As conservationists, we know the countless threats facing our natural world today. And while these challenges can sometimes feel insurmountable, we also recognize that there are things we can do – partnerships we can forge, actions we can take, and policies we can implement – to help protect and restore wild places. Most recently, E.O. Wilson called for the conservation of half the world’s land and sea in order to save 85% of biodiversity. He describes this vision in his 2016 book Half-Earth: Our Planet’s Fight for Life. While Wilson’s theory wasn’t a new concept for those working in conservation, it was the call to action we needed to implement theory on the ground.
Through the Eastern Wildway Network, an initiative of Wildlands Network, we seek to map out and implement this call to action in eastern North America. For the past year and a half, we have spent painstaking hours tracking down and evaluating datasets, meeting with conservation leaders, and crafting a visionary map of what Half-Earth would look like in the East. The result is our draft Eastern Wildway map, which we affectionately call our “Half-East” map.
To delineate the cores and corridors that would make up the Eastern Wildway, we began by drawing habitat cores, based on a combination of The Nature Conservancy’s resilience scores (Anderson et al. 2016), the Southeast Conservation Adaptation Strategy, the Northern Appalachian Wildlands Network Design (Reining et al. 2006), and aerial imagery. We then drew in corridors connecting these core areas, basing the corridor routes and widths on connectivity models from The Nature Conservancy’s regional flow data (Anderson et al. 2016), Theobold et al. (2012), Haddad et al. (2016), McGuire et al. (2016), Belote et al. (2016), the Florida Ecological Greenways Project, the North Atlantic and South Atlantic LCC Blueprint, and aerial imagery. The result is a comprehensive conservation design that takes the first step toward implementing Half-Earth in the East.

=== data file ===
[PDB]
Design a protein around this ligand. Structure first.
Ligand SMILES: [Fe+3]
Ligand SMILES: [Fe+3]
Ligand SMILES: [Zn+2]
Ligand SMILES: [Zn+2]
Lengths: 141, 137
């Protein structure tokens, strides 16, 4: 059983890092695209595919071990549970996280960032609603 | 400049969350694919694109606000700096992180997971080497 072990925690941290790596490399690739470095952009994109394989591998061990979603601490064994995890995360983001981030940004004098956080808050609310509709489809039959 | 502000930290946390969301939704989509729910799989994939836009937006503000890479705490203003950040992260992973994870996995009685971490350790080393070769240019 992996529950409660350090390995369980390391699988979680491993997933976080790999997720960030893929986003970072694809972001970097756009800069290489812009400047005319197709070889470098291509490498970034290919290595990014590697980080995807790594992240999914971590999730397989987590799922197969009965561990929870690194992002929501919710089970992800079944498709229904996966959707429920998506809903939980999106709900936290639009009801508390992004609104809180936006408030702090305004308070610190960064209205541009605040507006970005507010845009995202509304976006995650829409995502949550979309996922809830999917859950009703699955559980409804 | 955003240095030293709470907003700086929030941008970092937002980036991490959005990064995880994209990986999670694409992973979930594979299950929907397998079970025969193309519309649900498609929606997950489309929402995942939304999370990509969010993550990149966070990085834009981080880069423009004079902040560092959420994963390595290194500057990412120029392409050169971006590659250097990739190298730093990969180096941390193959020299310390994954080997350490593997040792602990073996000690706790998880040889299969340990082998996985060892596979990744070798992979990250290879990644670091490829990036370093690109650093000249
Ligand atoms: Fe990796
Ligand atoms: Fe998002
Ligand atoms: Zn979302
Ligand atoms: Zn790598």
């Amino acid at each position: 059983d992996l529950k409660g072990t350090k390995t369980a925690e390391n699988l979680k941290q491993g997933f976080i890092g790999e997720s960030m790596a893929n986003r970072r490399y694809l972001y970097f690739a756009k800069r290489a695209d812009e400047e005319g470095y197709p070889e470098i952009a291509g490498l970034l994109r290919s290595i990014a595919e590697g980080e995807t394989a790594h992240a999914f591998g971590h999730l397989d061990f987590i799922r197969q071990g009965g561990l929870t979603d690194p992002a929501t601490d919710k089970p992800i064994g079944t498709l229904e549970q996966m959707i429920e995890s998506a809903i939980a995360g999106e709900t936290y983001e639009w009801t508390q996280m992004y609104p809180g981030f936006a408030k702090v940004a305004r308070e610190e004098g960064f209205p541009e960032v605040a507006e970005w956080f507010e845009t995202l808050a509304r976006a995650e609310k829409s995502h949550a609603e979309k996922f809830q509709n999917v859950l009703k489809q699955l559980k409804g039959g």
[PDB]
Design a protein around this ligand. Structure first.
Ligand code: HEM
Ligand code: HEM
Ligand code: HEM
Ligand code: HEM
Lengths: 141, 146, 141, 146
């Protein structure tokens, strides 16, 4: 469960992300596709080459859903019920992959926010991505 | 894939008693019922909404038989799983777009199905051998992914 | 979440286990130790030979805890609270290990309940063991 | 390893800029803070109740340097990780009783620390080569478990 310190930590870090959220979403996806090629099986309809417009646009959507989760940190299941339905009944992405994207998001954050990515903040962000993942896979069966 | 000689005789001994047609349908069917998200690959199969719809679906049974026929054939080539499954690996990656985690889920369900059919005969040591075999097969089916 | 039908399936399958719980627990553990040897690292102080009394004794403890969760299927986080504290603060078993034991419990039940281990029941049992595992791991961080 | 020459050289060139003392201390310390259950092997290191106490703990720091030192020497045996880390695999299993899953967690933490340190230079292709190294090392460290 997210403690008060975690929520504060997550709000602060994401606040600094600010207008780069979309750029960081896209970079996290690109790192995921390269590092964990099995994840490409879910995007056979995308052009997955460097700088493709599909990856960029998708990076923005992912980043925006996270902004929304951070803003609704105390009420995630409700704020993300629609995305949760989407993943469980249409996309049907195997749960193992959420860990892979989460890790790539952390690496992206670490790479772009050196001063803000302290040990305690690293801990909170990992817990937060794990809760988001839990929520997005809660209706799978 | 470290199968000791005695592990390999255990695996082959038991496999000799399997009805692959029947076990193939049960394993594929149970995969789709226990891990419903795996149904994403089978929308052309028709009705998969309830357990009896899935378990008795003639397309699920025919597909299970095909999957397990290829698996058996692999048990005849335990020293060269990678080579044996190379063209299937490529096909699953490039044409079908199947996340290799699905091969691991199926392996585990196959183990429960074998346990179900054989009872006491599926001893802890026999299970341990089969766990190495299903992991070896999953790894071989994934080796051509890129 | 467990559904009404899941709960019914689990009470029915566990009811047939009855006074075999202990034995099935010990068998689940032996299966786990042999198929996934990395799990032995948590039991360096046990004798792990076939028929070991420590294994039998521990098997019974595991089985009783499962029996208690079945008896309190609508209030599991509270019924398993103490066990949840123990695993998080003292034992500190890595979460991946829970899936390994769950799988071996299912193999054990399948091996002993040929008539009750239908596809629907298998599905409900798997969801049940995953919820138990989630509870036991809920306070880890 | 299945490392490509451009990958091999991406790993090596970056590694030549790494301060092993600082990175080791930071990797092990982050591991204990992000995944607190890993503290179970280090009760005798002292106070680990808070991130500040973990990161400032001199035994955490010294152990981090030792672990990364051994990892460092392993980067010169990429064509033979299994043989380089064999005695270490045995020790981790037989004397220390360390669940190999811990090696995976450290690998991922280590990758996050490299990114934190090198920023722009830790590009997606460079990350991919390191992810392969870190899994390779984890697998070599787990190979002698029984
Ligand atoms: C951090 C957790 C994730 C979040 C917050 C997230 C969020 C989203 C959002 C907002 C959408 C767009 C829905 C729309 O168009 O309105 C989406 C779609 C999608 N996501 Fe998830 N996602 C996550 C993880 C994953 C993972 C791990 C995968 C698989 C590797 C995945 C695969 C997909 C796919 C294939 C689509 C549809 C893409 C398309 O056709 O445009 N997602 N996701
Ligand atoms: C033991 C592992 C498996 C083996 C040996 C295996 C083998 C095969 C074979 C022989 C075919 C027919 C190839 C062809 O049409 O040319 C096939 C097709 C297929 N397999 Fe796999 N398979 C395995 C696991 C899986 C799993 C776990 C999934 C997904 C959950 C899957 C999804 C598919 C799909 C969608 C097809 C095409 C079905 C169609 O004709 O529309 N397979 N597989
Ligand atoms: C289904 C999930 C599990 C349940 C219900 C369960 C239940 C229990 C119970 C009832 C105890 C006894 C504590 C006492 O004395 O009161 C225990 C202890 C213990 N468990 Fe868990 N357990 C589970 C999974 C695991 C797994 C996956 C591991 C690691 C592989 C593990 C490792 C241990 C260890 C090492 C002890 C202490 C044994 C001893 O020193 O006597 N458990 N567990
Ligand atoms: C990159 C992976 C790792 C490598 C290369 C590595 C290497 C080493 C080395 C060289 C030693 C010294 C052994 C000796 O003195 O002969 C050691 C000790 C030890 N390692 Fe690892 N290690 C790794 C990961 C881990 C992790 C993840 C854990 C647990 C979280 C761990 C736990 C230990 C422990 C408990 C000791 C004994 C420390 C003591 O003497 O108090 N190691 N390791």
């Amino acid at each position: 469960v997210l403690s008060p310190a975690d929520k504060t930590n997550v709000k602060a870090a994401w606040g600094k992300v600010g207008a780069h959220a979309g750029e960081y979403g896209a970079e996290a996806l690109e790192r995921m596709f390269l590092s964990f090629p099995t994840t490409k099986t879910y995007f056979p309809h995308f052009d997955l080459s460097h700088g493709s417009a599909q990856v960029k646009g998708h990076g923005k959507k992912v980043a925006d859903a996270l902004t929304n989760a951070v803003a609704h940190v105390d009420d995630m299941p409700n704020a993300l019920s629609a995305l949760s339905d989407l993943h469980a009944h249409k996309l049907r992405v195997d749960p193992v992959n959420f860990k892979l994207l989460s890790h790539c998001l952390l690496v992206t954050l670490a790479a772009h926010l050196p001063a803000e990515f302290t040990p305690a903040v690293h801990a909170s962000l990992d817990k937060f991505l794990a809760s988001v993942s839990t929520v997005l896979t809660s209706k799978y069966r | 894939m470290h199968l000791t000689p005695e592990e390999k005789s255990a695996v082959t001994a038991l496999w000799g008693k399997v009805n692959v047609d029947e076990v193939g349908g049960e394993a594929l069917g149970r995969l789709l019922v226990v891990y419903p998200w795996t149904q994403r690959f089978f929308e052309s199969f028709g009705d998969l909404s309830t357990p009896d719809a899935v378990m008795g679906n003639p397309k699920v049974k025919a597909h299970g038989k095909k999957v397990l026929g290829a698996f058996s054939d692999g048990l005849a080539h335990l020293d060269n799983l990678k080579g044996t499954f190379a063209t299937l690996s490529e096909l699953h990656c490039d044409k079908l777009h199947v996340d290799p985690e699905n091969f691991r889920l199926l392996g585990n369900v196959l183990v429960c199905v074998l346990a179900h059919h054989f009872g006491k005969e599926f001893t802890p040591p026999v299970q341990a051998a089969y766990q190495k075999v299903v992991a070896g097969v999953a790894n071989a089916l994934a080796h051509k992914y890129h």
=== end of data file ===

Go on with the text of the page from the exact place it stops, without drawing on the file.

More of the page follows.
The Eastern Wildway, if restored, reconnected, and protected, would conserve nearly half of the land and water in eastern North America (48.68% to be exact). Today, the Eastern Wildway is roughly 28.5% secure under various levels and types of conservation protections, including federal, state, and provincial designations, as well as private conservation easements. Moving forward, we will use this conservation network design to engage the land trust community, ensuring the Eastern Wildway is stitched together parcel by parcel, protected in perpetuity. Developing the strategies and campaigns to do this will be outlined during the Eastern Conservation Summit this October.
Before we get to work on the ground; however, we want to reach out to conservation experts across the Eastern Wildway to refine, edit, and improve the map, which represents many of the iconic landscapes of the East. We are seeking input now on whether:
- we missed a crucial core or corridor that should be included,
- we mistakenly incorporated an urban area or some other area that would not be appropriate for conservation efforts, or
- you have ideas for the top priority cores or corridors you believe we should spend most of our time and resources on in the short-term.
If you are interested in providing feedback, we can supply you with GIS files of these cores and corridors or detailed maps from your area of expertise. We will also hold a mapping workshop during our upcoming Eastern Conservation Summit to give participants a chance to look over, discuss, and draw edits to the draft map. To learn more or get involved, please contact Dr. Ron Sutherland, Conservation Scientist, at email@example.com.
To learn more about the Eastern Wildway Network or attend the Eastern Conservation Summit, please contact Maggie Ernest at firstname.lastname@example.org.
Anderson, M.G., A. Barnett, M. Clark, A.O. Sheldon, J. Prince, and B. Vickery, 2016. Resilient and connected landscapes for terrestrial conservation (August 8, 2016 version). The Nature Conservancy, Eastern Conservation Science, Eastern Regional Office. Boston, MA.
Belote, R.T., M.S. Dietz, B.H. McCrae, D.M. Theobald, M.L. McClure, G.H. Irwin, P.S. McKinley, J.A. Gage, and G.H. Aplet, 2016. Identifying corridors among large protected areas in the United States. PLOS One: DOI:10.1371/journal.pone.0154223
Haddad, N., 2015. Connectivity for Climate Change in the Southeastern United States. Final project memorandum to the USGS Southeast Climate Science Center, SECSC Project 009.
McGuire, J.L., J.J. Lawler, B.H. McRae, T.A. Nunez, and D.M. Theobald, 2016. Achieving climate connectivity in a fragmented landscape. Proceedings of the National Academy of Sciences 113:7195-7200.
Reining, C., K. Beazley, P. Doran and C. Bettigole, 2006. From the Adirondacks to Acadia: A Wildlands Network Design for the Greater Northern Appalachians. Wildlands Project Special Paper No. 7. Richmond, VT: Wildlands Project. 58 pp.
Theobald, D.M., S.E. Reed, K. Fields, and M. Soule, 2012. Connecting natural landscapes using a landscape permeability model to prioritize conservation activities in the United States. Conservation Letters 0:1-11.